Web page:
By Luke Kawa
Canada doesn’t need to follow the Fed in large part because its growth will be superior to that of the U.S. without additional monetary accommodation, according to policy makers. The central bank forecasts a pick-up of 1.9% growth for the Canadian economy in 2020, from 1.3% this year, and for U.S. activity to tail off to 1.7%, from 2.5%.
That might sound like divergence, but “in fact, it’s a process of convergence,” Carolyn Wilkins, Bank of Canada senior deputy governor, said in a press conference.
Return to Synchronicity
Deep trade linkages have ensured a high degree of historical synchronicity between Canadian and American economic performance, with episodes of decoupling arising over the past decade due to major commodity price shocks and differences in the timing of fiscal stimulus. Indeed, the consensus among economists surveyed by Bloomberg is for both economies to expand by 1.8% in 2020.
Canadian growth is supported by a monetary policy stance that’s currently more stimulative than in the U.S., while domestic-centric headwinds related to housing and the energy sector look to be ebbing.
“It’s entirely consistent for Canada, in this circumstance, to grow just a little bit faster than the U.S. as we adjust towards potential from below and they adjust from above,” said Wilkins.
That’s an apt diagnosis, according to Toronto-Dominion Bank senior economist Brian DePratto, who sees the central bank on hold through 2020. If anything, the Bank of Canada is “setting a low bar” for the near-term growth outlook, he said, which will help bolster the case for keeping rates on hold.
“With easing going on south of the border and the bleed through in funding conditions, that does sort of prime things for a bit of a return to that growth pattern with housing and consumption,” he said. “And then you’ve got the ‘human stimulus’ argument — Canada’s continuing to have healthy population growth, which translates into labor force and job gains.”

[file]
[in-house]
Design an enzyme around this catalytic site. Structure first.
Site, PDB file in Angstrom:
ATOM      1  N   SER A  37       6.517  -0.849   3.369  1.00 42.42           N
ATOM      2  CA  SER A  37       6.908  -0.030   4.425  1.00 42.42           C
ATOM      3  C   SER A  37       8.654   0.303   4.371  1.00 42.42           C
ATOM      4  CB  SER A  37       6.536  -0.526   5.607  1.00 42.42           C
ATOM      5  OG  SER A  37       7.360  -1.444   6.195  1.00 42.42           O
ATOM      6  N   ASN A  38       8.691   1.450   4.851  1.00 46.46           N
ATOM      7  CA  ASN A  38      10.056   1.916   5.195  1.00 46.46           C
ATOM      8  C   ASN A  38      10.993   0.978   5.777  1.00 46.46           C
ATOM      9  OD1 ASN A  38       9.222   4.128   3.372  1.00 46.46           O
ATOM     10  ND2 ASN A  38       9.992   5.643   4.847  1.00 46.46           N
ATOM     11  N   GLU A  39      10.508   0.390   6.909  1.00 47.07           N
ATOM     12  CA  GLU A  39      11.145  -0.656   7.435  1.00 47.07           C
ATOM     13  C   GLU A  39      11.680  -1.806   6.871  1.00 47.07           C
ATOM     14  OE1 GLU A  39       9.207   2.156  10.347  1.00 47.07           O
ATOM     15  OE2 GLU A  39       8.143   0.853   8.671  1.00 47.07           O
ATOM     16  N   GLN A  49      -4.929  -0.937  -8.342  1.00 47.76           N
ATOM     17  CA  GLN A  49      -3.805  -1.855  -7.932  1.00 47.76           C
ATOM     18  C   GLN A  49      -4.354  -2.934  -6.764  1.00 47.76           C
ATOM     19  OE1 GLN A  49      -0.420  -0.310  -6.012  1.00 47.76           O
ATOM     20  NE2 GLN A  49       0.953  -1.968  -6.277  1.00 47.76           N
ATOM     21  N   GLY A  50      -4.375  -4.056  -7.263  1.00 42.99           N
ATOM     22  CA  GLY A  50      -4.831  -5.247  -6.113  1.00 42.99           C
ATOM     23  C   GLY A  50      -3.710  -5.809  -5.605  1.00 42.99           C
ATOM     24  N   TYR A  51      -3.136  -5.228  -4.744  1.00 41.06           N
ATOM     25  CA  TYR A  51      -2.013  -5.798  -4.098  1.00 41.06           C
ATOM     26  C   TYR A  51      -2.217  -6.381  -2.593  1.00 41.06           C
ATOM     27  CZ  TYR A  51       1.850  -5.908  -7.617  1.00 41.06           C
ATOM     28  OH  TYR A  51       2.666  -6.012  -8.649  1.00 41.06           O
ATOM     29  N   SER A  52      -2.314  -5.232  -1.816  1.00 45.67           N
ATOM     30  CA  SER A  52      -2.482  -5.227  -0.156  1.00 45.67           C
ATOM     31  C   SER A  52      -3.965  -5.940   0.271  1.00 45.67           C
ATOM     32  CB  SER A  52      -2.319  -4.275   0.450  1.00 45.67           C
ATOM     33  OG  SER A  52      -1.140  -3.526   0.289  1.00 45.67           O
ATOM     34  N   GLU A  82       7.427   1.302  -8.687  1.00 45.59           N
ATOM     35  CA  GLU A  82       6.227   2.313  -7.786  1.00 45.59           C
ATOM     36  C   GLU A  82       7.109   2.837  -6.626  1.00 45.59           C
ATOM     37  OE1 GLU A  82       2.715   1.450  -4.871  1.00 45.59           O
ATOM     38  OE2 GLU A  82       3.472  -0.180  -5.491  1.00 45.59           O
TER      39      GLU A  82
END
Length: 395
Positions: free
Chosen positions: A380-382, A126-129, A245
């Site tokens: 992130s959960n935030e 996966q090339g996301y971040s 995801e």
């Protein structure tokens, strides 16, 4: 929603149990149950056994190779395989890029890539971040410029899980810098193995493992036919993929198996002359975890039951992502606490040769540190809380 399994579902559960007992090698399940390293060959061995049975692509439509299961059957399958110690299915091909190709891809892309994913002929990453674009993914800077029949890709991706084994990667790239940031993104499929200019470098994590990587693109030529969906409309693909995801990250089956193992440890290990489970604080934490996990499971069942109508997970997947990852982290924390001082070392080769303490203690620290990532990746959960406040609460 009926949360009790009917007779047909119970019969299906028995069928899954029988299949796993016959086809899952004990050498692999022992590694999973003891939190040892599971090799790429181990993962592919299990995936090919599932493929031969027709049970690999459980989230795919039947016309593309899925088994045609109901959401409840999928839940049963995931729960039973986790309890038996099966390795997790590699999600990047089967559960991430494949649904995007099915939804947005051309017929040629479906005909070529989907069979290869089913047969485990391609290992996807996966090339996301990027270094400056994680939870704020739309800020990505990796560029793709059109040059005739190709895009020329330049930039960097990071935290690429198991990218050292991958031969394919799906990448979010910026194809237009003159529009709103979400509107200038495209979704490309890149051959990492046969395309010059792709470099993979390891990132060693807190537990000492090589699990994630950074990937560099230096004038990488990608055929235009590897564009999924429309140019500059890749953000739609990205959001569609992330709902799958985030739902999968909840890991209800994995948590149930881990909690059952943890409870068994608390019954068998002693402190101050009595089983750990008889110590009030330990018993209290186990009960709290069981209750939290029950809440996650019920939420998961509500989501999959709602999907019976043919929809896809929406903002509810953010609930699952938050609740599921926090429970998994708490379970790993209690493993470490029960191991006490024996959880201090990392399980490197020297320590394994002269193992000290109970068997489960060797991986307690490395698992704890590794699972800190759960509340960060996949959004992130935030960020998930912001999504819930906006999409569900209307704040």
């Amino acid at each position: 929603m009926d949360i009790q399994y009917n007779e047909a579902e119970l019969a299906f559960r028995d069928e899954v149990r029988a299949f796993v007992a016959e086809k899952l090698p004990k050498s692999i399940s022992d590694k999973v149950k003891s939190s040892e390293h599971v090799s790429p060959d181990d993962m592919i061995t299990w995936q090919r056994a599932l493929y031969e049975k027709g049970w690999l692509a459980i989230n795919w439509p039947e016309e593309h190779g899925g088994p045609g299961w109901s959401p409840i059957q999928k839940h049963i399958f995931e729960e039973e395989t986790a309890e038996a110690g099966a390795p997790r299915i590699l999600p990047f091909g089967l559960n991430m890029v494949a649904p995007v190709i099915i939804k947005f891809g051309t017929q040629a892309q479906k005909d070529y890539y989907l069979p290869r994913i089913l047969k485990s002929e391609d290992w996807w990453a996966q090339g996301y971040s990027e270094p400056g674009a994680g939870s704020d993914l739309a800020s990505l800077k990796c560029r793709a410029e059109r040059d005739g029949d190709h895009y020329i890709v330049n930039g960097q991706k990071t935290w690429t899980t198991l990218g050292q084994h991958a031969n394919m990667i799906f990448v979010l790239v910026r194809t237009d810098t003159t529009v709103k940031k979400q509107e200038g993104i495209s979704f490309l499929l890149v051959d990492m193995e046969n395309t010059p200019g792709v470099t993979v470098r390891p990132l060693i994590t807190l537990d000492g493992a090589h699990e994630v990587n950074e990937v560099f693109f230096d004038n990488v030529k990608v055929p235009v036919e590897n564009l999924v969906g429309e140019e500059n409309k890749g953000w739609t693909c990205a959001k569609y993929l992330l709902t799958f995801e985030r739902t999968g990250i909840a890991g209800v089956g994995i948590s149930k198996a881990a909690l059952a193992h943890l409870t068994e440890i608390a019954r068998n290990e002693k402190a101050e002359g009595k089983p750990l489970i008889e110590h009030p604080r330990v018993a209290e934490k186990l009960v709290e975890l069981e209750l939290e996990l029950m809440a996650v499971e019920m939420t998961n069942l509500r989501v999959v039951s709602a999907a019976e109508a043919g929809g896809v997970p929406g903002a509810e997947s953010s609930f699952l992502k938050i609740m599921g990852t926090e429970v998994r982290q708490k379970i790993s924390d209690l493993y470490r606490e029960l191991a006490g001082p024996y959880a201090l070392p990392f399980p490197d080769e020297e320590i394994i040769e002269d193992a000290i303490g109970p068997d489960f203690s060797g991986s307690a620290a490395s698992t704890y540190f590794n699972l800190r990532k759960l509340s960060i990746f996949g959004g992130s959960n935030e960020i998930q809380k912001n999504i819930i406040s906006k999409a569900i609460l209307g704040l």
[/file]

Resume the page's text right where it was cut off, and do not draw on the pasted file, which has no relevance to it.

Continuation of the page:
Most economists who track the Bank of Canada also expect rates to be on hold through 2020. That sets Governor Stephen Poloz up for a poetic pause. If the current holding pattern on rates lasts through the first half of 2020, he’ll be poised to end his seven-year term just as he started it: with more than a year and a half of unchanged policy.
But traders aren’t completely on board with the message. A 25 basis point rate cut isn’t fully priced in over the next year, though the implied odds of an ease roughly doubled to 80% on Wednesday in the wake of the central bank’s decision in concert with dovish remarks from Fed Chair Jerome Powell.
Story Doesn’t Hold
A handful of economists share the market’s doubts.
Canada has imported easier financial conditions in the form of lower bond yields without matching the extent of the dovish turn taken by central banks globally. But the nation hasn’t been a complete free-rider on this trend, according to Avery Shenfeld, chief economist at Canadian Imperial Bank of Commerce.
Five-year bond yields — which tend to move along with five-year fixed mortgage rates, the dominant product in the Canadian real estate market — have some degree of Bank of Canada easing baked into them, which will reverse if the central bank fails to deliver.
“It’s reasonable, for now, for the Bank of Canada to not give too many clues one way or the other on interest rates, as they had this wisdom of not hiking as much as the Fed,” Shenfeld said. “But there will be enough of a global slowing that the impact on Canada from that, coupled with the threat of Canadian dollar appreciation if the Bank of Canada stays on hold forever, will be enough to prompt a token ease.”
CIBC expects a cut in the second quarter of 2020.
Macquarie Capital economist David Doyle agrees, pointing to a nasty shock awaiting Canadians poised to renew mortgages next year, a stark contrast to the limited stress on those doing so this year.
“It’s funny to me that the BoC, in their growth model, indicates a big part of the inflection in growth you’re getting is coming from residential investment, and also have consumption relatively stable,” he said. “That strikes me as odd because of that rate reset headwind — which was specifically brought up as an element that’s supporting activity in the current year — becomes a wall of a headwind as you move into 2020.”
Disappointing growth in 2020 will elicit rate cuts starting in the middle of the year, concludes Doyle. That’s because this time, unlike in 2018, Canada won’t be able to ride the coattails of a booming economy stateside.